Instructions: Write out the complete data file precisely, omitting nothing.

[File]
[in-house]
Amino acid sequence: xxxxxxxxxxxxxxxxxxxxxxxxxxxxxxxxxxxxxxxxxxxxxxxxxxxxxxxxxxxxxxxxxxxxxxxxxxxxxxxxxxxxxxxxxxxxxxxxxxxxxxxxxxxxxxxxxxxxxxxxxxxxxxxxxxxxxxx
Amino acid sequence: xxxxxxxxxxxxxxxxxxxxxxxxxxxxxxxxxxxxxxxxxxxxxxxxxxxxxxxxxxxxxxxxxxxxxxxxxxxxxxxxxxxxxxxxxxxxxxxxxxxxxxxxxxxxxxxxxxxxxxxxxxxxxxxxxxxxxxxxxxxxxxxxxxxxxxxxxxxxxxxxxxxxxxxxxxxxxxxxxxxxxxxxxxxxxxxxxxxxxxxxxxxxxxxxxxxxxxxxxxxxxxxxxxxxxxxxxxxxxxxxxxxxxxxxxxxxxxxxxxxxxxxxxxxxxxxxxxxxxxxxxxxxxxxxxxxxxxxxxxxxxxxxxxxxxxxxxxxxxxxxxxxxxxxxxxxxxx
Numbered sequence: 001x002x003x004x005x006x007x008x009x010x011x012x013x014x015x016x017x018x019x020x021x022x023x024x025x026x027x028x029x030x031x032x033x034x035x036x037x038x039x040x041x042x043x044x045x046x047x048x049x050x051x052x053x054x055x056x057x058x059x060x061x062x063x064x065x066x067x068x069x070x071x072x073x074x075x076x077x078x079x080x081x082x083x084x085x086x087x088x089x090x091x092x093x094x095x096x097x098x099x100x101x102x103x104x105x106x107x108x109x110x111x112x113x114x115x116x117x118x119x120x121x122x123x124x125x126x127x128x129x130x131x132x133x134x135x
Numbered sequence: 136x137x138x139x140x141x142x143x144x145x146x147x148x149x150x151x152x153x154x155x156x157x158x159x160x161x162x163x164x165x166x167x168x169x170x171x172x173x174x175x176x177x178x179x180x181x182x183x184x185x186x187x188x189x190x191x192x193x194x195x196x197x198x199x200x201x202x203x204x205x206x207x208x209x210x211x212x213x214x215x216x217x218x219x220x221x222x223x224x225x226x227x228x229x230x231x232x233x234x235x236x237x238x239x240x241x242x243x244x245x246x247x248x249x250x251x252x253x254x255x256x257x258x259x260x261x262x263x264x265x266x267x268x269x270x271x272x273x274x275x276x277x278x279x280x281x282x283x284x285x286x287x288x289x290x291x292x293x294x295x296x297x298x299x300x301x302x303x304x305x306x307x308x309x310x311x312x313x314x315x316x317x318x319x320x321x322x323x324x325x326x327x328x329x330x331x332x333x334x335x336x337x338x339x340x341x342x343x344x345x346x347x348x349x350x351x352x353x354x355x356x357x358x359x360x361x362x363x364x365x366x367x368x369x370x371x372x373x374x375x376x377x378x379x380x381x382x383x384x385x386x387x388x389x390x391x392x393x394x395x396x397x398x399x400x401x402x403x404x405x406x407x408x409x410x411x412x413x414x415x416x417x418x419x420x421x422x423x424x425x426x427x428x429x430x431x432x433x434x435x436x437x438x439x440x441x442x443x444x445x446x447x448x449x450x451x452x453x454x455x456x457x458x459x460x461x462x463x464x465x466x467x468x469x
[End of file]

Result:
[in-house]
Amino acid sequence: xxxxxxxxxxxxxxxxxxxxxxxxxxxxxxxxxxxxxxxxxxxxxxxxxxxxxxxxxxxxxxxxxxxxxxxxxxxxxxxxxxxxxxxxxxxxxxxxxxxxxxxxxxxxxxxxxxxxxxxxxxxxxxxxxxxxxxx
Amino acid sequence: xxxxxxxxxxxxxxxxxxxxxxxxxxxxxxxxxxxxxxxxxxxxxxxxxxxxxxxxxxxxxxxxxxxxxxxxxxxxxxxxxxxxxxxxxxxxxxxxxxxxxxxxxxxxxxxxxxxxxxxxxxxxxxxxxxxxxxxxxxxxxxxxxxxxxxxxxxxxxxxxxxxxxxxxxxxxxxxxxxxxxxxxxxxxxxxxxxxxxxxxxxxxxxxxxxxxxxxxxxxxxxxxxxxxxxxxxxxxxxxxxxxxxxxxxxxxxxxxxxxxxxxxxxxxxxxxxxxxxxxxxxxxxxxxxxxxxxxxxxxxxxxxxxxxxxxxxxxxxxxxxxxxxxxxxxxxxx
Numbered sequence: 001x002x003x004x005x006x007x008x009x010x011x012x013x014x015x016x017x018x019x020x021x022x023x024x025x026x027x028x029x030x031x032x033x034x035x036x037x038x039x040x041x042x043x044x045x046x047x048x049x050x051x052x053x054x055x056x057x058x059x060x061x062x063x064x065x066x067x068x069x070x071x072x073x074x075x076x077x078x079x080x081x082x083x084x085x086x087x088x089x090x091x092x093x094x095x096x097x098x099x100x101x102x103x104x105x106x107x108x109x110x111x112x113x114x115x116x117x118x119x120x121x122x123x124x125x126x127x128x129x130x131x132x133x134x135x
Numbered sequence: 136x137x138x139x140x141x142x143x144x145x146x147x148x149x150x151x152x153x154x155x156x157x158x159x160x161x162x163x164x165x166x167x168x169x170x171x172x173x174x175x176x177x178x179x180x181x182x183x184x185x186x187x188x189x190x191x192x193x194x195x196x197x198x199x200x201x202x203x204x205x206x207x208x209x210x211x212x213x214x215x216x217x218x219x220x221x222x223x224x225x226x227x228x229x230x231x232x233x234x235x236x237x238x239x240x241x242x243x244x245x246x247x248x249x250x251x252x253x254x255x256x257x258x259x260x261x262x263x264x265x266x267x268x269x270x271x272x273x274x275x276x277x278x279x280x281x282x283x284x285x286x287x288x289x290x291x292x293x294x295x296x297x298x299x300x301x302x303x304x305x306x307x308x309x310x311x312x313x314x315x316x317x318x319x320x321x322x323x324x325x326x327x328x329x330x331x332x333x334x335x336x337x338x339x340x341x342x343x344x345x346x347x348x349x350x351x352x353x354x355x356x357x358x359x360x361x362x363x364x365x366x367x368x369x370x371x372x373x374x375x376x377x378x379x380x381x382x383x384x385x386x387x388x389x390x391x392x393x394x395x396x397x398x399x400x401x402x403x404x405x406x407x408x409x410x411x412x413x414x415x416x417x418x419x420x421x422x423x424x425x426x427x428x429x430x431x432x433x434x435x436x437x438x439x440x441x442x443x444x445x446x447x448x449x450x451x452x453x454x455x456x457x458x459x460x461x462x463x464x465x466x467x468x469x